Earlier this month, the Southampton Opioid Addiction Task Force hosted a forum which brought together over 200 medical professionals. Their goal: to discuss the addiction problem in Long Island and find solutions that work for our community.
The task force organizers asked the numerous doctors and mental health care physicians in attendance for their professional opinions about, “front line practices, what works, and what’s needed to stop this deadly epidemic.” The consensus found was that there is an extreme need for more drug treatment facilities in Long Island so those suffering from opioid abuse can receive help immediately and not be put on a waiting list and that health insurance should offer better coverage of addiction related treatments.
This problem is very complicated and has roots shooting to many sources. It was also suggested that doctors should be prescribing less opiate painkillers across the board. Even if physicians were to drastically cut the number of opioids they prescribe, the underlying issues would still exist of why people, especially young adults and teenagers, are using these drugs in the first place. Jay Schneiderman, the Southampton Town Supervisor and member of the task force, speaks on just this, stating, “There are other pieces to why kids are engaging in at risk behaviors. There are societal and mental health issues.”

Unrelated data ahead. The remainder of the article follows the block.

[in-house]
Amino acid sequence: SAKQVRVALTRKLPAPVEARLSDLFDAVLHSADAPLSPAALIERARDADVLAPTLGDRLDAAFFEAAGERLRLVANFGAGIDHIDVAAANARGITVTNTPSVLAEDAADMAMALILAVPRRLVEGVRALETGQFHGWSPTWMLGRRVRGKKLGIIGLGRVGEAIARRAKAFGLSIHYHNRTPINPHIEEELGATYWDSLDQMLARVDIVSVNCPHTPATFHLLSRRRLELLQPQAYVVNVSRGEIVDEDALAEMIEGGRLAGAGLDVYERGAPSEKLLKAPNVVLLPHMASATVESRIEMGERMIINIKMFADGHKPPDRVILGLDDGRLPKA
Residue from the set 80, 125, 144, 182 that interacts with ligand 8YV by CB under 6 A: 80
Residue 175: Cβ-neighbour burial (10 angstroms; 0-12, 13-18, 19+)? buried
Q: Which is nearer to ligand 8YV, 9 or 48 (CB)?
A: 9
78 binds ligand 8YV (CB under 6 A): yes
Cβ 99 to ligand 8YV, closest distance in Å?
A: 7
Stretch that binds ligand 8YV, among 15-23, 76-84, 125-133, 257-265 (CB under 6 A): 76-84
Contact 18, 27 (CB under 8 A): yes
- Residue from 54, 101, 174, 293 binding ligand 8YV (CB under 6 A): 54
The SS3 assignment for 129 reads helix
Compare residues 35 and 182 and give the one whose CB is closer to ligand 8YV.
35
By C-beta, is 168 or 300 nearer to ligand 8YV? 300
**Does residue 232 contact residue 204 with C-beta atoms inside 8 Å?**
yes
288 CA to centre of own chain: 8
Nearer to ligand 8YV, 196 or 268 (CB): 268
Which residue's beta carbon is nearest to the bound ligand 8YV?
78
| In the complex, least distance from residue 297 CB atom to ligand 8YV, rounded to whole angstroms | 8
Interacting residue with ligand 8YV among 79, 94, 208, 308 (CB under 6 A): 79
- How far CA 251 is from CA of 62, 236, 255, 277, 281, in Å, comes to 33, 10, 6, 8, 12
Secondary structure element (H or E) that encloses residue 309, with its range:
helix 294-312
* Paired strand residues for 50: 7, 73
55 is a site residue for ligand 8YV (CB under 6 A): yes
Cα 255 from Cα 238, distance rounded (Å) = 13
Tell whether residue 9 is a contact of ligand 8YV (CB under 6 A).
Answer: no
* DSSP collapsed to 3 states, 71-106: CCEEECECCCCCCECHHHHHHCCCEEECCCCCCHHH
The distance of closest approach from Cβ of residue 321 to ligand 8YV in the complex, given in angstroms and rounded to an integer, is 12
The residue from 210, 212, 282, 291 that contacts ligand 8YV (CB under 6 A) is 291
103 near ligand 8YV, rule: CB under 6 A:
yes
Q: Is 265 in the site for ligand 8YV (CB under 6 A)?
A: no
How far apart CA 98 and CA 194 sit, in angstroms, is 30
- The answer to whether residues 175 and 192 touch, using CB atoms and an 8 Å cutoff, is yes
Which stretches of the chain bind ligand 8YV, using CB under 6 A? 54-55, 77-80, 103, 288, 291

Drug treatment in Long Island needs a facelift if it is going to keep up with the demands of our people who are trapped in the cycle of opiate abuse. The lack of facilities and beds open to addicts who want to get help is tremendous. Regardless of why we or our loved ones are using there needs to be easy access to treatment. Steve Chassman, the executive director of the Long Island Council on Alcoholism and Drug Dependence, Inc., stressed this point – more drug treatment can help fight our growing opiate problem.
Because the issues that exist in this epidemic are so multi-faceted, Schneiderman went on to say that he, “doesn’t claim to have all the answers… There is a growing concern about the problem and willingness to try and change the current course.” That willingness is what brought together the Southampton Opioid Addiction Task Force and more than 200 medical professionals on a Thursday evening for an open forum. The task force is looking for solutions and open to finding them from people of all walks of life. “The idea is to pull educators, school administrators, police officers, social workers, mental health professionals, community leaders, elected officials – everybody – into the same room and try to generate a list of action items based on what’s working in other areas,” said the supervisor.
The current state of the opioid epidemic in our community is terrifying and with drug treatment facilities at capacity in Long Island, lack of health insurance coverage, and more young people using and dying than ever, it seems that we are not yet equipped to handle it, but we are getting there. The mission of the Southampton Opioid Addiction Task force is, “to develop a concise action plan to address the crisis of opioid addiction and examine best practices and responses to reduce the opioid epidemic.” The group meets monthly and will be presenting the town board an action plan come this June.